Asante Special Care Nursery Earns Gold for Environmental Design and Construction
A healing environment built for the most vulnerable infants
The Special Care Nursery, which was phase two of the Asante Rogue Regional Neonatal Intensive Care Unit rebuild, was recently certified LEED for Commercial Interiors (LEED-CI) Gold. The 8,774 square foot medical facility is the only neonatal intensive care unit on the West Coast to earn any LEED certification, and just the third in the United States to achieve the rare distinction of LEED Gold certification.
“The Asante NICU is a prime example of what can be accomplished through a commitment to occupant well-being and reducing environmental impact in every way possible,” said Alicia Snyder-Carlson, a senior consultant with Green Building Services, which certified the project.
By being LEED Gold certified, Asante ensures its neonatal patients are receiving care in the most healthy environment possible.
“This is about our babies and our staff,” said Justin Hurley, director of real estate and sustainable planning. “Asante has made a commitment to providing the best possible environment for healing and working. It was staff, contractors, and the design team all coming together to make this happen.”
LEED stands for leadership in energy and environmental design. Any building or unit that is LEED certified has met the strictest standards for green-built design and construction as well as lighting and comfort standards. For example, the project resulted in a 30 percent reduction in water usage and 50 percent of all construction waste was recycled. In addition, the new unit offsets 100 percent of its energy use through the Pacific Power Blue Sky program, which generates energy from renewable resources.
Premature infants are especially sensitive to light and sound. To help, the nursery has lots of natural light and lighting control, and the floors are rubberized as an acoustical barrier to keep it quiet.
“This is a true healing environment,” said Stephanie Roderick, director or women's and children's services at Asante Rogue Regional. “We always strive to take into consideration not only our patients and families, but also the staff and the environment when we do construction projects.”
Research supports the connection between green space, health, and better healing, noted Snyder-Carlson. “A lot of hospitals are getting on board with this,” she said, adding that Asante went above and beyond the LEED requirements. “The NICU did some wonderful and progressive things on this project. Babies are especially vulnerable to off gassing, and they made a huge effort to avoid all vinyl and PVC materials in the project.”
Here are some of the ways the project earned LEED Gold:
- No PVC (poly vinyl chloride) was used in any building material products or finishes due to its adverse affect on human health, especially premature infants. Additionally, every effort was made to avoid vinyl.
- Extra effort was made to utilize low emitting materials that go beyond the LEED emissions requirements including paints, coatings, adhesives, sealants, and furniture in order to avoid unwanted toxic chemicals in the NICU due to off gassing.
- A building flushout was completed after all materials, equipment, and furniture were installed in order to remove any remaining toxic chemicals in the NICU. Additionally, the furniture was removed from its packaging and allowed to off-gas in an offsite location before entering the NICU.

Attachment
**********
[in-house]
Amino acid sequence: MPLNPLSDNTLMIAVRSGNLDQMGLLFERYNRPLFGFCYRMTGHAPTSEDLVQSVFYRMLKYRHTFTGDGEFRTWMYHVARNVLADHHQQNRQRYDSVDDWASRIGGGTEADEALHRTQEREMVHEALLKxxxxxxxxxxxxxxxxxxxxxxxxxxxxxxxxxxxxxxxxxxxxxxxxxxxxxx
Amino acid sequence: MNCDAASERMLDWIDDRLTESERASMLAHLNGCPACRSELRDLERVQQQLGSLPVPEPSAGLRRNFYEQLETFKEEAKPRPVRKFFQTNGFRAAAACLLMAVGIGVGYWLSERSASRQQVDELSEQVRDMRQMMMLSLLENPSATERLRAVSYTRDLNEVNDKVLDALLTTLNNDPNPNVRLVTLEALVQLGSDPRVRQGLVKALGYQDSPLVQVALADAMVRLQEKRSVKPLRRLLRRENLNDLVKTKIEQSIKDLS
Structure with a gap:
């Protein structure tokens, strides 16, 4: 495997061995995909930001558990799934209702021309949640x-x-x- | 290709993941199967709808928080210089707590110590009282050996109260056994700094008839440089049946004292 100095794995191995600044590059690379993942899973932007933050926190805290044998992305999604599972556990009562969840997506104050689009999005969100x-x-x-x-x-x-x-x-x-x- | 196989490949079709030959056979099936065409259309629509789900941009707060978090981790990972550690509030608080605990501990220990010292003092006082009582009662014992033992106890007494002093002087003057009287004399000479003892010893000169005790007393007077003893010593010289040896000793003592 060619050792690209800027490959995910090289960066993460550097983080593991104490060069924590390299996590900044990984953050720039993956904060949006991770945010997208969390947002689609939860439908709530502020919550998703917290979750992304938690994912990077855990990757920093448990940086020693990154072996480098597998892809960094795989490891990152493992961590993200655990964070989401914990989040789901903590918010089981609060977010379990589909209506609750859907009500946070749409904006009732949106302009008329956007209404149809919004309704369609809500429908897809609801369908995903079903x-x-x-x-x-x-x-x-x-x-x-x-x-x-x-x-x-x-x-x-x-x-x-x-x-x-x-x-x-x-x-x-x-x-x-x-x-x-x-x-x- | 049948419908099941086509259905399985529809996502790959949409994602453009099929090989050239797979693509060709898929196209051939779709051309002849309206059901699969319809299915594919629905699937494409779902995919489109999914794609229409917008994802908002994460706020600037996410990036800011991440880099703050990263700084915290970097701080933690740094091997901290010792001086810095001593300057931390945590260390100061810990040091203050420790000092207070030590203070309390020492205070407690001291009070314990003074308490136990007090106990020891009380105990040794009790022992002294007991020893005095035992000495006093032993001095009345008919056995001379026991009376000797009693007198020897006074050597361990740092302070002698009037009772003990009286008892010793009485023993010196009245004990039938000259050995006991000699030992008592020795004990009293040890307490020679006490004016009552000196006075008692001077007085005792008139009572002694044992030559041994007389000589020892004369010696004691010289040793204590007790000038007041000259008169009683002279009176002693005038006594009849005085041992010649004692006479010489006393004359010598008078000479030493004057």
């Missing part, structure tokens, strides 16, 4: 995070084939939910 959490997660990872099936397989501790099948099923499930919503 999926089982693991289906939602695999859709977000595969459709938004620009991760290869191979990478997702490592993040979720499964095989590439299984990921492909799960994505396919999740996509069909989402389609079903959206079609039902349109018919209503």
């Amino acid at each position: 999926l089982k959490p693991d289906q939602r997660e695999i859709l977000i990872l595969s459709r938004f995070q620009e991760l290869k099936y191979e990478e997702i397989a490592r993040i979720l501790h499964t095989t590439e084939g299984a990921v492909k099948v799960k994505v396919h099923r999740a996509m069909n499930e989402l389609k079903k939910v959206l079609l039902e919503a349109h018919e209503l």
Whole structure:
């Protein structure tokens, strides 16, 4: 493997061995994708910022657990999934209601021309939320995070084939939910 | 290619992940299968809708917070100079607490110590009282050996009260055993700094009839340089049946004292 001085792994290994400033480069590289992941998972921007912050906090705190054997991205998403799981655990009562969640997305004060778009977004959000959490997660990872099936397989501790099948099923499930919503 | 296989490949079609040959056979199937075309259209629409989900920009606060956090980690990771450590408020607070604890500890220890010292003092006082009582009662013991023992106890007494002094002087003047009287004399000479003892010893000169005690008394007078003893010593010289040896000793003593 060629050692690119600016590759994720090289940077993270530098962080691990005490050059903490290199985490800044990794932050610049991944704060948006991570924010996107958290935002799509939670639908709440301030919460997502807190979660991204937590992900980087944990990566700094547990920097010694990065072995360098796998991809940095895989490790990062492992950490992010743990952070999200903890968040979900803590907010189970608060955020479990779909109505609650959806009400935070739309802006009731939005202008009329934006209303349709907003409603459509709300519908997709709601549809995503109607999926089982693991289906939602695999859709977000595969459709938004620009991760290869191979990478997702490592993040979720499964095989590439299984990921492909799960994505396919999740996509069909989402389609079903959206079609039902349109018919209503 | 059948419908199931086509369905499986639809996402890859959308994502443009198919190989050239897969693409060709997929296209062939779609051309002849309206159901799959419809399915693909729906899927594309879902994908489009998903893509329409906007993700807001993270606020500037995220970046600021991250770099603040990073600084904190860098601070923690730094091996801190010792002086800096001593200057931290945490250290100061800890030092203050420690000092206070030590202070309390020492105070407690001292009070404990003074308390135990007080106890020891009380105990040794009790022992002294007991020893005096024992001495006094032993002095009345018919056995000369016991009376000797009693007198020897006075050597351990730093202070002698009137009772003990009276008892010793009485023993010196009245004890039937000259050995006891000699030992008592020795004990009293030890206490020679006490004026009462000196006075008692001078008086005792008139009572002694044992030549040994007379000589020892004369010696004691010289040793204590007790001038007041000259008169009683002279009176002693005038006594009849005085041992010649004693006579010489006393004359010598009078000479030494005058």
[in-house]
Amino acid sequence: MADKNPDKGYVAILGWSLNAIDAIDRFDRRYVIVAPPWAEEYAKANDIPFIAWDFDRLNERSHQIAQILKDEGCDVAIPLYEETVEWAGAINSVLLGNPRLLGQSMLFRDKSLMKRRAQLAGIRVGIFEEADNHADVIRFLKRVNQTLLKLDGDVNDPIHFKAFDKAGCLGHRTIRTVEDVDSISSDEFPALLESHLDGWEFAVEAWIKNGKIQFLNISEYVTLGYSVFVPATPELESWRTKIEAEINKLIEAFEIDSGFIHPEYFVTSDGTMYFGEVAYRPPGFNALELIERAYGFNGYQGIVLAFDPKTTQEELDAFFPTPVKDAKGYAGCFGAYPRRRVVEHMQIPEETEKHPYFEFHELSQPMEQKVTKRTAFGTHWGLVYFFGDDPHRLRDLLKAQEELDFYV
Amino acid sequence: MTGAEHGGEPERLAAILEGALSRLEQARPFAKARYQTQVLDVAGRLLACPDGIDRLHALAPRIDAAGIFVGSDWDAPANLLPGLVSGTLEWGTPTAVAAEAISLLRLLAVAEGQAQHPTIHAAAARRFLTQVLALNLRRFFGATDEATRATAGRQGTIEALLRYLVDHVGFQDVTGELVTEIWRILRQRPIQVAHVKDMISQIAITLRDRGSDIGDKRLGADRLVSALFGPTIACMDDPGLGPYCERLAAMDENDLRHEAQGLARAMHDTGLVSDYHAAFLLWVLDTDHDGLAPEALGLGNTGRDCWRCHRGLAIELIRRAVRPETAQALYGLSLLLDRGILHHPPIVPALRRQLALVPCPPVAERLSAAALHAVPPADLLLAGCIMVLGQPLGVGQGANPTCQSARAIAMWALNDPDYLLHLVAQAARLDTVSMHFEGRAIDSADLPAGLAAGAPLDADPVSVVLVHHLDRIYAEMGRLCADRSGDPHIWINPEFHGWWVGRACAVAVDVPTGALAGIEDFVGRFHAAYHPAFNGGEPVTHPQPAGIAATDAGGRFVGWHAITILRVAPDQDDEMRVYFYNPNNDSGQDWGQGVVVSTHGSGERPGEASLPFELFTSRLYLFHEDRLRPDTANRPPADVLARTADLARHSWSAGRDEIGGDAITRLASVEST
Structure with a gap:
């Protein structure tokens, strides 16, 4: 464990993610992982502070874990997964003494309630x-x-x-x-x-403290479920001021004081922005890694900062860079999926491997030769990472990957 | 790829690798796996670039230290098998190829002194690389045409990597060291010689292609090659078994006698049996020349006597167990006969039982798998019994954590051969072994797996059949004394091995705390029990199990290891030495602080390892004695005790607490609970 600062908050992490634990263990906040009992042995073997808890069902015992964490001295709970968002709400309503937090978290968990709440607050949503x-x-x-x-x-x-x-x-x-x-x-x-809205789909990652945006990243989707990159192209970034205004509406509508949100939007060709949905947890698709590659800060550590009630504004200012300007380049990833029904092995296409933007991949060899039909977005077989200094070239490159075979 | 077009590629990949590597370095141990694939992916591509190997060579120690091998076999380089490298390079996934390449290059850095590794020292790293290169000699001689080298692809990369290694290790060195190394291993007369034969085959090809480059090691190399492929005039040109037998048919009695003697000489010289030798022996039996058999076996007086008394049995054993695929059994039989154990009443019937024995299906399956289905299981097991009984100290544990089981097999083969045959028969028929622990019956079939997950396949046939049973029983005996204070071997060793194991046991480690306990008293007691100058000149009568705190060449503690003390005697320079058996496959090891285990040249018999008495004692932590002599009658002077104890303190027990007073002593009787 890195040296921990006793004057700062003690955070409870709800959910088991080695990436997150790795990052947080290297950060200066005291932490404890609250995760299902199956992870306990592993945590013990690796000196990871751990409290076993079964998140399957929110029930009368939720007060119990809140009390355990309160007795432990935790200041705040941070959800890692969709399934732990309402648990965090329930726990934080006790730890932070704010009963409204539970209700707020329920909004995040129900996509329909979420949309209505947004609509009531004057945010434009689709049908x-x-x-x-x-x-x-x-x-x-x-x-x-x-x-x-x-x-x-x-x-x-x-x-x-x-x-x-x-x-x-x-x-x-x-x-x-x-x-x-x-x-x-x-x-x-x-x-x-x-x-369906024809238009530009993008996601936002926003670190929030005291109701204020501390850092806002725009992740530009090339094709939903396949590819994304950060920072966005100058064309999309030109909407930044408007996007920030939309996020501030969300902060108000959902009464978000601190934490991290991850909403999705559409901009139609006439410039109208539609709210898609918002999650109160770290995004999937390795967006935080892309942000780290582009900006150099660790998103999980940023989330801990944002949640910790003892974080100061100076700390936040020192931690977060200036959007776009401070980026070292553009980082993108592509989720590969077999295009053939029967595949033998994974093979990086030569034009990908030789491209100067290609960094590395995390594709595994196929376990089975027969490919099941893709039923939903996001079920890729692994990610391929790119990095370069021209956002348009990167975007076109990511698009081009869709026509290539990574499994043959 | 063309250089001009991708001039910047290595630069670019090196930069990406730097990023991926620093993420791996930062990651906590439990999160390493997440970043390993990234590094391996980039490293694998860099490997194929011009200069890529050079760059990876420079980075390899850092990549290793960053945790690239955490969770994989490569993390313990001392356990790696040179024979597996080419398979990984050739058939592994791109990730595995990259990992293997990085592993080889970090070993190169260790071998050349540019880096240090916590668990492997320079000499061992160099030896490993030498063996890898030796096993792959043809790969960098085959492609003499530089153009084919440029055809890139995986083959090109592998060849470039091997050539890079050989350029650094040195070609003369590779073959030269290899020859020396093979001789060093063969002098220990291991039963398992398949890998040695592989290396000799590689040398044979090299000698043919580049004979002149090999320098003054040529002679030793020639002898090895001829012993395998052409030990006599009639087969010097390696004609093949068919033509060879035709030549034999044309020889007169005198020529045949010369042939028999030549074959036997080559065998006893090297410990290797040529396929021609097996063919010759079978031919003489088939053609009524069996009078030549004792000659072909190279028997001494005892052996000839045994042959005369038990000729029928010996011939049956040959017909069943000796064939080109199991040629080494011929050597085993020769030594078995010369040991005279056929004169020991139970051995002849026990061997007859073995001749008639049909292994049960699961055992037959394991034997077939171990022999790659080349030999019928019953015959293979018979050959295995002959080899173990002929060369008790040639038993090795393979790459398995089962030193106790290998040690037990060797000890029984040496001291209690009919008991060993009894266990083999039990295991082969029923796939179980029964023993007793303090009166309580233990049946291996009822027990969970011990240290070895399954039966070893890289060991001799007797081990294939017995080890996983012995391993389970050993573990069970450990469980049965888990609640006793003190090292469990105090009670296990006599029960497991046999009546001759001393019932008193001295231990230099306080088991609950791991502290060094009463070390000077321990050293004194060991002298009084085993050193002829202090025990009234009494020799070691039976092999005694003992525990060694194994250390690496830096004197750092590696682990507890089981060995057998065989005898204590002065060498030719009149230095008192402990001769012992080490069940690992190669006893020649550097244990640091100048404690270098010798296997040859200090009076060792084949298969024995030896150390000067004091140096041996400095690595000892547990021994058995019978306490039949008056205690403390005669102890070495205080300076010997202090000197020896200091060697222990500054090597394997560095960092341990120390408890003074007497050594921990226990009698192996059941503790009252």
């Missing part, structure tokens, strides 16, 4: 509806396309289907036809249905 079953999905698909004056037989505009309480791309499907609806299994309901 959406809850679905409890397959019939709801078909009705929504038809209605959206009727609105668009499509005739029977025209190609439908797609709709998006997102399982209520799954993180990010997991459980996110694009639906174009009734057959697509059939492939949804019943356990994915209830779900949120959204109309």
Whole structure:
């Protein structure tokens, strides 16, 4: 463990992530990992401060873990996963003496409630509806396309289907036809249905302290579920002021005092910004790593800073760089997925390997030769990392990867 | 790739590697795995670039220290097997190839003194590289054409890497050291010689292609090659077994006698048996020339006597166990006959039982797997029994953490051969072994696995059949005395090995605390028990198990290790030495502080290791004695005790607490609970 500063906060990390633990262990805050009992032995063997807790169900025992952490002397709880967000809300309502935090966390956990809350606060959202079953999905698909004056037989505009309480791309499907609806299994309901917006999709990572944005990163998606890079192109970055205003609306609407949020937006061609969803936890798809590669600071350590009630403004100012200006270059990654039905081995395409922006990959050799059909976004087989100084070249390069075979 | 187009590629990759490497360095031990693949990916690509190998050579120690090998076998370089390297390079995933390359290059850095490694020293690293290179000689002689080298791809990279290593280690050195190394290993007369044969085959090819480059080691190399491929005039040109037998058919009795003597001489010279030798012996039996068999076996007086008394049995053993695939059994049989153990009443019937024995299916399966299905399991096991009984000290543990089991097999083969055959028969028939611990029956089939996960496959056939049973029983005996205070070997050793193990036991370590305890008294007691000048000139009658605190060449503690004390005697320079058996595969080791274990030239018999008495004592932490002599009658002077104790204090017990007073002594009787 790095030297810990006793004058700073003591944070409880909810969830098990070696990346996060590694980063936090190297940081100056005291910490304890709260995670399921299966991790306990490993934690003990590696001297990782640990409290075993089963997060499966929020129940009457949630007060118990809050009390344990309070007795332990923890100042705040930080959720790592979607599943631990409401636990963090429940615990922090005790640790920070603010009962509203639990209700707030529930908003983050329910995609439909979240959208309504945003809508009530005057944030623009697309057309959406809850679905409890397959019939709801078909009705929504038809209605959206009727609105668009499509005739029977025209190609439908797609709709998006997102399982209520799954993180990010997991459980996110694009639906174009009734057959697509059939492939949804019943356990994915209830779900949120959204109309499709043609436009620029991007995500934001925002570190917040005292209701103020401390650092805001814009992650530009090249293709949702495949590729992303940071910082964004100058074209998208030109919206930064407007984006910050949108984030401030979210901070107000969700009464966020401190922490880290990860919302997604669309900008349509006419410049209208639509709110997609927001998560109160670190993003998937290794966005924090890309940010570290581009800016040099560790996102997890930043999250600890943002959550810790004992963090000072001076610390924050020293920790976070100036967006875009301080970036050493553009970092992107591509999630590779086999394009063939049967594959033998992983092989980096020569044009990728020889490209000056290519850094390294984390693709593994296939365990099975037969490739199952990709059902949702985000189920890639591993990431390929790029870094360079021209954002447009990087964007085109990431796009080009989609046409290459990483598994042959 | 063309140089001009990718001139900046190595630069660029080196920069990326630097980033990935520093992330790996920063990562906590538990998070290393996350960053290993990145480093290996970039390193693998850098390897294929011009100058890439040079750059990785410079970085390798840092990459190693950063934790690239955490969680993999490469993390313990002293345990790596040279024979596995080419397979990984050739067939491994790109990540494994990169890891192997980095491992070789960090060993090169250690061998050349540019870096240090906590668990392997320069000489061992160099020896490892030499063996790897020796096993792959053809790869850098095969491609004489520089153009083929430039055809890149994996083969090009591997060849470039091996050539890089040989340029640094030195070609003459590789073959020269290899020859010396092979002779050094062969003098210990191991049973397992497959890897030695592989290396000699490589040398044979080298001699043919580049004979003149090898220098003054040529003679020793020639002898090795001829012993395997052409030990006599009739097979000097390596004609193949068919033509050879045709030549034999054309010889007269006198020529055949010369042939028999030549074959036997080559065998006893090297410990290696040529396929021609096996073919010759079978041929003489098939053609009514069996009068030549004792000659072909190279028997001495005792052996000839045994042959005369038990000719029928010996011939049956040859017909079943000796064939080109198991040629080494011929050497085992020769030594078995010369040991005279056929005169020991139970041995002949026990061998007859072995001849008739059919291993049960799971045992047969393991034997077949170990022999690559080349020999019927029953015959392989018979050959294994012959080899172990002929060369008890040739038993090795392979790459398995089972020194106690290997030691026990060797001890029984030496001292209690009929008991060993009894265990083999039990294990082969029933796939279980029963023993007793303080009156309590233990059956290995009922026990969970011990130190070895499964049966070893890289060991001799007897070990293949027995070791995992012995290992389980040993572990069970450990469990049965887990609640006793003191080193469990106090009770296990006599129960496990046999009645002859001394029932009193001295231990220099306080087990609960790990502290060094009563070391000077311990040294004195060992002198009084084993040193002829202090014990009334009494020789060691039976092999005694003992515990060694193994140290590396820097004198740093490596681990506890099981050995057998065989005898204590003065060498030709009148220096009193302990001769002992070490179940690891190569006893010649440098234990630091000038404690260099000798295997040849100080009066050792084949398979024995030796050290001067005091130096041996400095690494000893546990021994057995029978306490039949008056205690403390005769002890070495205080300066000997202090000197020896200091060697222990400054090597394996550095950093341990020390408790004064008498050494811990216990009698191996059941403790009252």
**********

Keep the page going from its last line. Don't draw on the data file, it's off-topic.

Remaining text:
- The hospital wing the NICU is located in uses 100 percent renewable power through Pacific Power's Blue Sky program and became a Visionary business partner by doing so.
- Low mercury fluorescent lamps are being specified for the life of the building to limit the use of mercury and potential associated issues from the release of mercury gas.
- The hospital implemented an ergonomic program to anticipate, identify, analyze, control, and monitor work place hazards, such as musculoskeletal disorders (MSD), and train affected employees and supervisors on methods to reduce exposure to ergonomic hazards, injury, and/or illness.
- High access to biking facilities and public transportation.
- The hospital has also implemented a green cleaning program to reduce the exposure of building occupants and maintenance personnel to potentially harmful chemicals. “It's not just how you build it, it's how you maintain it,” said Hurley.
Roderick noted that the reaction of staff and families is most telling. “They notice the difference and there is a great deal of appreciation for the feel of the department and the sustainability designed within it,” she said.
For example, one veteran employee said she was considering retirement, but with the new Special Care Nursery's ergonomically better flooring and improved workspace flow and lighting, she can continue working for many years.
Asante continues its pursuit for energy efficient and sustainable design projects. The Asante master plan calls for green-built design and construction for all future construction projects. The Creekside Laboratory also earned LEED Silver certification in 2012. It is the only free-standing laboratory in Oregon to earn LEED certification. The new Women's Center in Grants Pass and the outpatient center currently under construction at Asante Three Rivers will apply for LEED certification.
The project team for the Special Care Nursery included the following organizations: owner, Asante; architect, TVA Architects; general contractor, Adroit Construction Company; commissioning agent, Glumac Engineering; mechanical/plumbing/lighting/interface engineer and energy analyst, Interface Engineering; Sustainability consultant, Green Building Services, Inc.